Search Docs by Keyword
GNU screen is a terminal multiplexer. It allows you to start a shell session in a terminal that you can connect to simultaneously from multiple login sessions and persists on the server even when you’re not logged in. For example, from your laptop you can log into the cluster, start a screen session, and fire off a long-running program that prints output to the display.
You can then shutdown your laptop, go home, log in to the cluster from a different computer, attach to the screen session, and continue to interact with your program.
NOTE: Since we have many login nodes, you will need to make note of which one you start your screen session on and return to that machine to re-connect to your screen session. If you’re unsure what machine you’re on, type
uname -a (example: rclogin04 – you would would then ssh directly to rclogin04.rc.fas.harvard.edu when you return)
This is only one example of how screen can be used. For example, if you leave your laptop on and attached to the screen, the same output will appear in both login sessions on both computers.
You can also allow other users to connect to your screen (read-only or read-write) so that they can watch what you do and even collaborate with you. One thing to remember about screen is that you have to start a session before you start a long-running program; you cannot put a program in a screen session after it has started (see below for something that crudely approximates the effect).
Screen sessions can be given names to easily identify them. Commands and control characters given to screen itself must be differentiated from what’s passed to what screen is running, therefore all screen commands begin by typing
ctrl key and the letter
a at the same time.
Start a New Screen Session
To start a new screen named mywork, use the following shell command:
This will start a new shell session, replacing anything you previously had in the window.
If you type
exit, the screen will terminate and you’ll be returned to your previous shell session.
Detaching from a Screen Session
In order to disconnect your client and be able to attach to the screen session later, you must leave the screen session running.
You do this by detaching from it.
Use the following screen command:
You can do this either when while it’s idle at a shell prompt or while some program is running in the foreground. You will be returned to your original shell session, and anything running in your screen session will continue to run in the background.
You can now exit the shell session and shutdown your computer.
Do not run
logout while inside the screen session, if you plan on reattaching to it later. These commands will terminate the screen session.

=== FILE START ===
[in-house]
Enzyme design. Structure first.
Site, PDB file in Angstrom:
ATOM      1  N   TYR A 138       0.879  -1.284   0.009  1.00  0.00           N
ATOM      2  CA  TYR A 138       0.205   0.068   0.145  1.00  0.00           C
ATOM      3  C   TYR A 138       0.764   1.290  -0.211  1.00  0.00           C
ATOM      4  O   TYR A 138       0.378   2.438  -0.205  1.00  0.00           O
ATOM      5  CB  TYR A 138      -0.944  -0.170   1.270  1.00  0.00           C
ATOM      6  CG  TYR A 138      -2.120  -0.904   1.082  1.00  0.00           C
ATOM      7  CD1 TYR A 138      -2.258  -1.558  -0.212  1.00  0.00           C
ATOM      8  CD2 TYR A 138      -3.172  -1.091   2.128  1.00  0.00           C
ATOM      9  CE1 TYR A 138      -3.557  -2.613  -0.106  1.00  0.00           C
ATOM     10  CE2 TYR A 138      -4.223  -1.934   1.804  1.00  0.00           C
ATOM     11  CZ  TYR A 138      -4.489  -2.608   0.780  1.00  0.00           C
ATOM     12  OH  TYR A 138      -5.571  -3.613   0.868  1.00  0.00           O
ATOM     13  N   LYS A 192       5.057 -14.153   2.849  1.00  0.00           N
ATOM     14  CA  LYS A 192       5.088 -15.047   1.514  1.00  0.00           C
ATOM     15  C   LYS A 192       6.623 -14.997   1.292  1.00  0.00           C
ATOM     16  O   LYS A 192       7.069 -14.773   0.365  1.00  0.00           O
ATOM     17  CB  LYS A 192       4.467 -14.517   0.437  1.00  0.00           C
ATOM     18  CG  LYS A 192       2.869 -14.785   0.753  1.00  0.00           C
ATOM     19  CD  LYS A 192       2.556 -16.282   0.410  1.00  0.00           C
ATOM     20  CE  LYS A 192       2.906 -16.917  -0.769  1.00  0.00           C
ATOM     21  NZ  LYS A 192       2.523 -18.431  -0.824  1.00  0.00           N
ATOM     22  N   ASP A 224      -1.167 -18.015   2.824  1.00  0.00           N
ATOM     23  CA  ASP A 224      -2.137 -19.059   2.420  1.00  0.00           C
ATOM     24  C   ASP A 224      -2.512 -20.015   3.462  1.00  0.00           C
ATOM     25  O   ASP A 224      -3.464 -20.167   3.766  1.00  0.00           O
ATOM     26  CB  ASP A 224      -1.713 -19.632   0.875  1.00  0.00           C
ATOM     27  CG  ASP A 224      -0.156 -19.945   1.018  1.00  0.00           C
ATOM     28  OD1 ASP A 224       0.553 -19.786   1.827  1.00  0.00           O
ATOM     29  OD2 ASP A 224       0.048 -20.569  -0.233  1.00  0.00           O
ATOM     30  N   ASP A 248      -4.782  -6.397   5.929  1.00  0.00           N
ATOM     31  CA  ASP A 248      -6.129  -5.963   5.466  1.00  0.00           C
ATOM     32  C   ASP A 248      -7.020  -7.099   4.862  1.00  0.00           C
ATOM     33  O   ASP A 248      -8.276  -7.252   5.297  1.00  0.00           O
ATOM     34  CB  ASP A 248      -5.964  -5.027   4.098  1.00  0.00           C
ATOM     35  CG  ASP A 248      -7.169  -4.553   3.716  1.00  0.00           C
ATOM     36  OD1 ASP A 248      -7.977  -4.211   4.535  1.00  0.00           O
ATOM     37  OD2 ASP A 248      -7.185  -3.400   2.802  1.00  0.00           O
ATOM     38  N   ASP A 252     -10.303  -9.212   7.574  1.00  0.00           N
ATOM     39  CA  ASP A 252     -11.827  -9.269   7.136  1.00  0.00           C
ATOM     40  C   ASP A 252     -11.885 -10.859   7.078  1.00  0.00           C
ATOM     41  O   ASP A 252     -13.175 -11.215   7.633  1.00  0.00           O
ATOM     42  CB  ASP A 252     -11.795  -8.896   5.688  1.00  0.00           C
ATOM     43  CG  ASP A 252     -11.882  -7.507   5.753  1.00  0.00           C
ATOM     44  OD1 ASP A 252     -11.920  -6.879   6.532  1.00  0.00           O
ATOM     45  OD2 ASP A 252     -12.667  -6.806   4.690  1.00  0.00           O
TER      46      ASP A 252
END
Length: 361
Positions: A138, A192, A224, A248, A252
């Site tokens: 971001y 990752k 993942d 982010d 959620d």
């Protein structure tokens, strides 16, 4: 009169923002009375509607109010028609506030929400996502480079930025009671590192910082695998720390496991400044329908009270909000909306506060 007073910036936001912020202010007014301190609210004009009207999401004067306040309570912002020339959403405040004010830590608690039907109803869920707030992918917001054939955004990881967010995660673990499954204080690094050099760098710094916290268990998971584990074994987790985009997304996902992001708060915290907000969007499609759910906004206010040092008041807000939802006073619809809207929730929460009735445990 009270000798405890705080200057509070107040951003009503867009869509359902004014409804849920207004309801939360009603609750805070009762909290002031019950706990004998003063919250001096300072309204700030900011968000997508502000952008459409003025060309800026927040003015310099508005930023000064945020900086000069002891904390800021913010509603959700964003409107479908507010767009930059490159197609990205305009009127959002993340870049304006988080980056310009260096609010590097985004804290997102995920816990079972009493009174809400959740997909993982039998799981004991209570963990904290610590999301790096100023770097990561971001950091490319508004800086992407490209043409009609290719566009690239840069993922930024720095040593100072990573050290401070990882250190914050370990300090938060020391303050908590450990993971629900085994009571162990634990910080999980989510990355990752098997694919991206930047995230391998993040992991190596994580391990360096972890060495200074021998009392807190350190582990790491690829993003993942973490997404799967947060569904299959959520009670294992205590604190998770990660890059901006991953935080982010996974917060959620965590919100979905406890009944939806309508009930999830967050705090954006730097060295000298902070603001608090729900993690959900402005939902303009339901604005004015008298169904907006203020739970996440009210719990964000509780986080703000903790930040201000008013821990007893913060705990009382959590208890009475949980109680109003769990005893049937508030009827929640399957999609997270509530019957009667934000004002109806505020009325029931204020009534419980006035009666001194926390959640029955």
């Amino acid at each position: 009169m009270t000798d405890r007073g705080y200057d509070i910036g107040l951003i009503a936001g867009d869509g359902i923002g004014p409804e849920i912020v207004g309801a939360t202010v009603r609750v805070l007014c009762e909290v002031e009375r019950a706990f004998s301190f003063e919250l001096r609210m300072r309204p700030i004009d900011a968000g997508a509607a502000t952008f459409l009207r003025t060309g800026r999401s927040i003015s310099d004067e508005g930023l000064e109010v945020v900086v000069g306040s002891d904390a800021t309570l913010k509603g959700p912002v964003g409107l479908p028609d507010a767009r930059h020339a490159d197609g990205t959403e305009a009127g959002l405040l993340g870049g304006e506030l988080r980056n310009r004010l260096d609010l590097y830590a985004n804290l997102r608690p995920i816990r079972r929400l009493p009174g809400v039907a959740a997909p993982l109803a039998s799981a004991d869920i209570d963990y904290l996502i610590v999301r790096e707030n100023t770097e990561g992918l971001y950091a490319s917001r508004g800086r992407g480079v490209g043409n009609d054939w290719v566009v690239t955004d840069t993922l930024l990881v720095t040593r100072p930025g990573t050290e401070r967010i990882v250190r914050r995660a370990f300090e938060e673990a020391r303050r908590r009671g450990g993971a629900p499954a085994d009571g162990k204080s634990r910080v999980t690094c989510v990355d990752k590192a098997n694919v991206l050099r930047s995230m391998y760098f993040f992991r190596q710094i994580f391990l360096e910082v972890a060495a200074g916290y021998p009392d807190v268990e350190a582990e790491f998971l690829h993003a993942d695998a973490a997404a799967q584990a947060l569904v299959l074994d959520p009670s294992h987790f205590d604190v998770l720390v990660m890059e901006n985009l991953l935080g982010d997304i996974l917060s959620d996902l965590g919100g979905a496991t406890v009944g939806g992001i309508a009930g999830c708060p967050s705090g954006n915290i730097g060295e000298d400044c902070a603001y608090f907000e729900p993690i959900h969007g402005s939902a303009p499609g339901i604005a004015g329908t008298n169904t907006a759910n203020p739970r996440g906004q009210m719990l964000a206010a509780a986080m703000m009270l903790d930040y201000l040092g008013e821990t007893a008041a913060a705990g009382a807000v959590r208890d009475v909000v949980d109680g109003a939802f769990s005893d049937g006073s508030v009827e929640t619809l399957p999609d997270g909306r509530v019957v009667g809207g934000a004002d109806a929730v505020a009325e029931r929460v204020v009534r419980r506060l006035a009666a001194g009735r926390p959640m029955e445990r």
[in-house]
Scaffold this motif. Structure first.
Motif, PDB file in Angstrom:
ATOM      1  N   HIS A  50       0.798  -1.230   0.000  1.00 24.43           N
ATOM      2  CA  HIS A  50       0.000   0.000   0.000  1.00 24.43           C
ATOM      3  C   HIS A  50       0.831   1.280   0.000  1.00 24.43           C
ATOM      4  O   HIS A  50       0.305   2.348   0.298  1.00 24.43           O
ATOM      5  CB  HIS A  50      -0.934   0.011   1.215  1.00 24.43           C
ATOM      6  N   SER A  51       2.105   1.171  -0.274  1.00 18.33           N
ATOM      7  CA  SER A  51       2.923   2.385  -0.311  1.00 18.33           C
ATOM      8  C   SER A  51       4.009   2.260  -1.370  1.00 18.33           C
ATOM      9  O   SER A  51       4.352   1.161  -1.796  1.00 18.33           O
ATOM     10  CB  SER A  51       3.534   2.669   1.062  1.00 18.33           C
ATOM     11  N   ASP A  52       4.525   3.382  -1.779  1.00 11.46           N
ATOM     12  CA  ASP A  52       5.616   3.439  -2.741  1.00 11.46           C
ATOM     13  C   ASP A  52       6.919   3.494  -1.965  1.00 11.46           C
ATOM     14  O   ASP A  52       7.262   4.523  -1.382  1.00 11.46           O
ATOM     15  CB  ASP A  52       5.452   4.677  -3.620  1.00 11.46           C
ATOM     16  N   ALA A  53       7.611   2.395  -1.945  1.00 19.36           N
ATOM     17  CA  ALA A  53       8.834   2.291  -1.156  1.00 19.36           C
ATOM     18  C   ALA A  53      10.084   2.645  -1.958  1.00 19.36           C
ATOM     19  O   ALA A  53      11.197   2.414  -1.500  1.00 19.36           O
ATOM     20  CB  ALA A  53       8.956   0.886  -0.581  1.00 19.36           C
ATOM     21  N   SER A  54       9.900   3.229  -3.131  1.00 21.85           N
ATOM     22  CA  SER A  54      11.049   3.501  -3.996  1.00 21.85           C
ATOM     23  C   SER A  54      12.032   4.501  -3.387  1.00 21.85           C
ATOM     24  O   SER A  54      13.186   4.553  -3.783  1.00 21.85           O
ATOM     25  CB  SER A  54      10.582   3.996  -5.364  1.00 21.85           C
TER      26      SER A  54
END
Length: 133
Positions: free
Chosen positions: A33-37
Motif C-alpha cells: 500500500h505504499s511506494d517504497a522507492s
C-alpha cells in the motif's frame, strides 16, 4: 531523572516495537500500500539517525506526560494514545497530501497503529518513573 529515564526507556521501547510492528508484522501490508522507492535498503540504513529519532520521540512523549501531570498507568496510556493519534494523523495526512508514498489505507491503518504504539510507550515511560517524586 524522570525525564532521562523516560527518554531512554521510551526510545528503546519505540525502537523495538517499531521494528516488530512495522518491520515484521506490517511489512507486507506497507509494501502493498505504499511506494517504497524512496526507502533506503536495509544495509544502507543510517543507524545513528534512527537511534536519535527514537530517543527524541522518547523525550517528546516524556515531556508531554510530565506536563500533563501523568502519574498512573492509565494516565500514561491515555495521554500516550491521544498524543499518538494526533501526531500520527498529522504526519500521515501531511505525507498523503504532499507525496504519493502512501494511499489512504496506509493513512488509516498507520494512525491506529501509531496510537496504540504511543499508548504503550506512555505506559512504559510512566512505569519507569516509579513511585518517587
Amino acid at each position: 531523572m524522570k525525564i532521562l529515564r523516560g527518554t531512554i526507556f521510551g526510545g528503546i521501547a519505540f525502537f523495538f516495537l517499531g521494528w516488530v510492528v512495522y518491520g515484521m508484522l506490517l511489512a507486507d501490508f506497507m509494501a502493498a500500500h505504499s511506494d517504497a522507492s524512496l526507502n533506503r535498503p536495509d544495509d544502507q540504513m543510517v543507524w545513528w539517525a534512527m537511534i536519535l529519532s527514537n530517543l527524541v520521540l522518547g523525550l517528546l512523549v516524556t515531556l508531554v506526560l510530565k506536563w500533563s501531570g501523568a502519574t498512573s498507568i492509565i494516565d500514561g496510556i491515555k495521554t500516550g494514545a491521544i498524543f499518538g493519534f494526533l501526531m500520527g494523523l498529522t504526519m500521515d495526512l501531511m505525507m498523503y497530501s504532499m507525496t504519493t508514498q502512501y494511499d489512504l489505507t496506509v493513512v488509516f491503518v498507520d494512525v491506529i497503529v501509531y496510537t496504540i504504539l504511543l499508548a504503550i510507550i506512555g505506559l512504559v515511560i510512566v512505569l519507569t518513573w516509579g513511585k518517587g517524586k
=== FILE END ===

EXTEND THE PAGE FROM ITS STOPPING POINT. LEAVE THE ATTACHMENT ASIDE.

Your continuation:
Attach to an Existing Screen Session
You can list your running screen sessions with the following shell command:
For example, following the above example, you should see something like:
You can reattach to it with the following shell command:
Your ssh client display will fill with what’s currently running the in the screen.
You can also attach to screens that are already attached to from other sessions. Anything you type, and anything that your programs print, will appear on all attached clients simultaneously.
Scrollback and Copy-n-Paste
Screen sessions have their own output buffers, independent of your original terminal or ssh client. That means if you use the scroll bar, you will not be scrolling back through the output in the screen session. In order to scroll back within the screen, you can enter scrollback/copy mode by issuing the screen command:
You can then use the arrow keys, page up/down keys, etc. to move around.
To exit scrollback/copy mode without copying anything, just hit
If you want to copy text that appears on the display, the normal terminal method should work. If you want to copy pages of text and need to scroll through the screen to do so, move the cursor to the start of what you want to copy, hit
spacebar, and move the cursor to the end of the selection and hit
spacebar again. That’ll exit scrollback/copy mode.
to paste your selection.
Sharing a Screen Session
You can allow other users to connect to your screen session by putting it in multiuser mode. You can also set access control lists to allow only read-only access. To do so for a user named joe, enter the following commands:
If your username is john, and your screen is named mywork, user joe can connect to it by running:
What Can You Do If You Forget To Start a Screen Session?
You cannot retroactively put a program in a screen session. However, you can do some tricks to effectively detach from a running program and resume it in the background, writing output to files instead of the display, so that you can log off and shutdown your client computer.
Note that this actually has nothing to do with the screen program.
First, find the process ID the process you want to detach from, using the
Say it’s PID 12345.
Attach to the process using the GNU debugger by starting a separate shell session,
cd-ing to a directory that you want your program to write files to, and issuing the following command:
gdb session, run the following
call commands to redirect the program’s stdout and stderr to files myprog.stdout and myprog.stderr:
ctrl-d to exit gdb.
Back in the shell session where the original program is running, pause the process, resume it in the background, and then disown it with the following key sequences and commands:
You can then exit the shell session, and your program will continue to run, writing to the files noted above.
You can then reconnect from a different session and run the command:
to watch the output.
However, there is no way (that I know of) to reattach interactively.